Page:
Chapter 3: The story of St. Martin's Church

Article Index
Chapter 3: The story of St. Martin's Church
Twelfth and Thirteenth Century Extensions
From Tudors to Stuarts
How old is the Church?
All Pages

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After defeating Harold at Hastings, William the Conqueror sent out his commissioners to survey the whole of his new kingdom so he could raise taxes more efficiently. Thus was written the ‘Domesday Book’, which was completed in 1087.

In it is the first record of a church in Mongeham,

"There is a church. It was worth £22 TRE; and afterwards £10"

This short sentence tells us that there was a church in Mongeham in the reign of Edward the Confessor, but it is most likely the one at Little Mongeham. Evidence for a church in Great Mongeham was supplied by the Reveend Tonks in his short history of the village and church

"That there was a church here in Saxon times is shewn by its inclusion in a list of some 200 churches in Kent which paid fees to the Archbishop in the days of Lanfranc (A.D. L070-1089),"

 However there is no clear evidence for when the first Saxon church was built.The first church dedicated to Saint Martin was a basilica built over his tomb in Tours in about 470 AD. St. Augustine brought Christianity to Britain in 597. Parish churches were not built until the eighth century. Since dedication to St. Martin tends to indicate an early date for a parish church, it is likely that the first church in Great Mongeham was built in the early eighth century. No trace of this first church is visible today. It was pulled down and rebuilt by the Normans. However not much remains of that church. As a result of extensive rebuilding in the thirteenth century all that is left of the Norman church is a window in the North wall. The Church walls bear testimony to a much older building in the vicinity. While foraging in surrounding fields for flints to knap eleventh century craftsmen also collected pieces of Roman brick and tile. We can only wonder why mediaeval builders did this, but it is a practice seen in many other churches.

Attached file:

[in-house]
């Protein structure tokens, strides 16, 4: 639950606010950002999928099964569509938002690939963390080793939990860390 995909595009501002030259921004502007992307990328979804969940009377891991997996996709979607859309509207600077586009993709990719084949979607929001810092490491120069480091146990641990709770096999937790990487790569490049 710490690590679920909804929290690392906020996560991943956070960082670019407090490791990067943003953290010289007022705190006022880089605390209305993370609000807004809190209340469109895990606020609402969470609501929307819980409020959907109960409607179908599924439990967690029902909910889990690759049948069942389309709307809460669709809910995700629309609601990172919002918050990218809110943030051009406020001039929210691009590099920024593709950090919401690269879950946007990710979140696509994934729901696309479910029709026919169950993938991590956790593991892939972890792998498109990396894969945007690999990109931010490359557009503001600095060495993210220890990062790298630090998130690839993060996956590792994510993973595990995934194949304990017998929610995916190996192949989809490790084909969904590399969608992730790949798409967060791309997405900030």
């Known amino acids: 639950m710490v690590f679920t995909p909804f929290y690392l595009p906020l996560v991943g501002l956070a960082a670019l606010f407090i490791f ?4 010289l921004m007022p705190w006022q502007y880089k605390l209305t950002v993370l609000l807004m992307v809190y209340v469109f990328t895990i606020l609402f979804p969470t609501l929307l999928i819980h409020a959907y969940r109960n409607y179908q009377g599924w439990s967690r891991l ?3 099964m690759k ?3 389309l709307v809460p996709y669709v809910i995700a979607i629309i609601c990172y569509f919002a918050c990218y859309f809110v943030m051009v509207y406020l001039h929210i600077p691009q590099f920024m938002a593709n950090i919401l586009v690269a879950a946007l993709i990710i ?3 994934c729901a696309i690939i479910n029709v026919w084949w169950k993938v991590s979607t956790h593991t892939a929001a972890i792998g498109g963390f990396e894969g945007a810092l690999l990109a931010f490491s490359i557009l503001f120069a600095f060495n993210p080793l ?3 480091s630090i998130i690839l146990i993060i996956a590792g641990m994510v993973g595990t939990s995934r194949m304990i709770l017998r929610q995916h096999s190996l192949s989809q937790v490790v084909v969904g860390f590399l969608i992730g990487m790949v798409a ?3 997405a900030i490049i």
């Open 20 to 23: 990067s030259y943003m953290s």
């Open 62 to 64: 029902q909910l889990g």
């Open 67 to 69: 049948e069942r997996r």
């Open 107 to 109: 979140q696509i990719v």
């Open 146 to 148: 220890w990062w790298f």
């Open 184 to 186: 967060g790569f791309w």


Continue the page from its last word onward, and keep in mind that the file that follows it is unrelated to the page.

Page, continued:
altSimilar pieces of Roman building debris can be found in the fields around St. Martin’s to this day. Surely this is evidence that a fine Roman building, perhaps a villa, stood in the vicinity of the church. But no signs of foundations have been found. If they exist could they be under the church? Perhaps we will never know. Whether or not the church covers evidence of Romano British occupation it almost certainly conceals the foundations of the Saxon church torn down to make way for the Norman one. Not much more than a century later the Norman church was partly demolished and enlarged. A subtle change in the colour of the flints shows the boundary between twelfth and eleventh century flint (see photograph).

In the Middle Ages noblemen saw church building or improvement as an act of piety which they believed would atone for the taking of Christian life. In an age when England was almost constantly at war with either France, Wales or Scotland there was much to atone for. Besides, church building was a public expression of wealth as well as piety. As a result St. Martin’s church underwent many changes in those years. Indeed very little of the Norman structure remains.



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